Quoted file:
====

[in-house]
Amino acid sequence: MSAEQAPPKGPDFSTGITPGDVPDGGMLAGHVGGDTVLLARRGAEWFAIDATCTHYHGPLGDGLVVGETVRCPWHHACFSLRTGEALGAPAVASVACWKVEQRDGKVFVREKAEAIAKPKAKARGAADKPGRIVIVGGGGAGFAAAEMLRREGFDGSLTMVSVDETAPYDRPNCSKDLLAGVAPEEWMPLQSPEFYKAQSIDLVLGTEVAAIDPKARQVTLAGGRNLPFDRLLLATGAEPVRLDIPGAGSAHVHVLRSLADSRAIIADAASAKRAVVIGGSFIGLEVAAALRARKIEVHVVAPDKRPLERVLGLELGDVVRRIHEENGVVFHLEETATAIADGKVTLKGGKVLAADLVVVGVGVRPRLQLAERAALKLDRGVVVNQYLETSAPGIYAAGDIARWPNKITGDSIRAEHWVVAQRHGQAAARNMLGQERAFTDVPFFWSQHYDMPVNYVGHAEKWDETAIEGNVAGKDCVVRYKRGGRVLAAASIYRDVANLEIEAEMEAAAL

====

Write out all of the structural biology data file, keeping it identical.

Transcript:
[in-house]
Amino acid sequence: MSAEQAPPKGPDFSTGITPGDVPDGGMLAGHVGGDTVLLARRGAEWFAIDATCTHYHGPLGDGLVVGETVRCPWHHACFSLRTGEALGAPAVASVACWKVEQRDGKVFVREKAEAIAKPKAKARGAADKPGRIVIVGGGGAGFAAAEMLRREGFDGSLTMVSVDETAPYDRPNCSKDLLAGVAPEEWMPLQSPEFYKAQSIDLVLGTEVAAIDPKARQVTLAGGRNLPFDRLLLATGAEPVRLDIPGAGSAHVHVLRSLADSRAIIADAASAKRAVVIGGSFIGLEVAAALRARKIEVHVVAPDKRPLERVLGLELGDVVRRIHEENGVVFHLEETATAIADGKVTLKGGKVLAADLVVVGVGVRPRLQLAERAALKLDRGVVVNQYLETSAPGIYAAGDIARWPNKITGDSIRAEHWVVAQRHGQAAARNMLGQERAFTDVPFFWSQHYDMPVNYVGHAEKWDETAIEGNVAGKDCVVRYKRGGRVLAAASIYRDVANLEIEAEMEAAAL